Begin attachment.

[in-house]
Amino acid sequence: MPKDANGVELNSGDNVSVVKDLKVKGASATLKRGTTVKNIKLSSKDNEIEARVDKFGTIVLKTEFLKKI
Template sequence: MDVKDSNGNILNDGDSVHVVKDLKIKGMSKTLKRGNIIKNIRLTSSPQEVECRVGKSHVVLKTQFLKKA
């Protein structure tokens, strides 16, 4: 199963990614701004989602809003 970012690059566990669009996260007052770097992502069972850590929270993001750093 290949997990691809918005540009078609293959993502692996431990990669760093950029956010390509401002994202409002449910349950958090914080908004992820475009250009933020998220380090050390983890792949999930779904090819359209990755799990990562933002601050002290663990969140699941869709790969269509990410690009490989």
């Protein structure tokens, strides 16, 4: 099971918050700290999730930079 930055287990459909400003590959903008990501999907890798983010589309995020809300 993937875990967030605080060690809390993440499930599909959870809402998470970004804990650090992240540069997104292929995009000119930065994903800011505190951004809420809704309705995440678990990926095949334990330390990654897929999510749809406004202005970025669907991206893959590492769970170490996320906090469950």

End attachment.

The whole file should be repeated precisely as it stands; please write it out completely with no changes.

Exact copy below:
[in-house]
Amino acid sequence: MPKDANGVELNSGDNVSVVKDLKVKGASATLKRGTTVKNIKLSSKDNEIEARVDKFGTIVLKTEFLKKI
Template sequence: MDVKDSNGNILNDGDSVHVVKDLKIKGMSKTLKRGNIIKNIRLTSSPQEVECRVGKSHVVLKTQFLKKA
């Protein structure tokens, strides 16, 4: 199963990614701004989602809003 970012690059566990669009996260007052770097992502069972850590929270993001750093 290949997990691809918005540009078609293959993502692996431990990669760093950029956010390509401002994202409002449910349950958090914080908004992820475009250009933020998220380090050390983890792949999930779904090819359209990755799990990562933002601050002290663990969140699941869709790969269509990410690009490989």
């Protein structure tokens, strides 16, 4: 099971918050700290999730930079 930055287990459909400003590959903008990501999907890798983010589309995020809300 993937875990967030605080060690809390993440499930599909959870809402998470970004804990650090992240540069997104292929995009000119930065994903800011505190951004809420809704309705995440678990990926095949334990330390990654897929999510749809406004202005970025669907991206893959590492769970170490996320906090469950």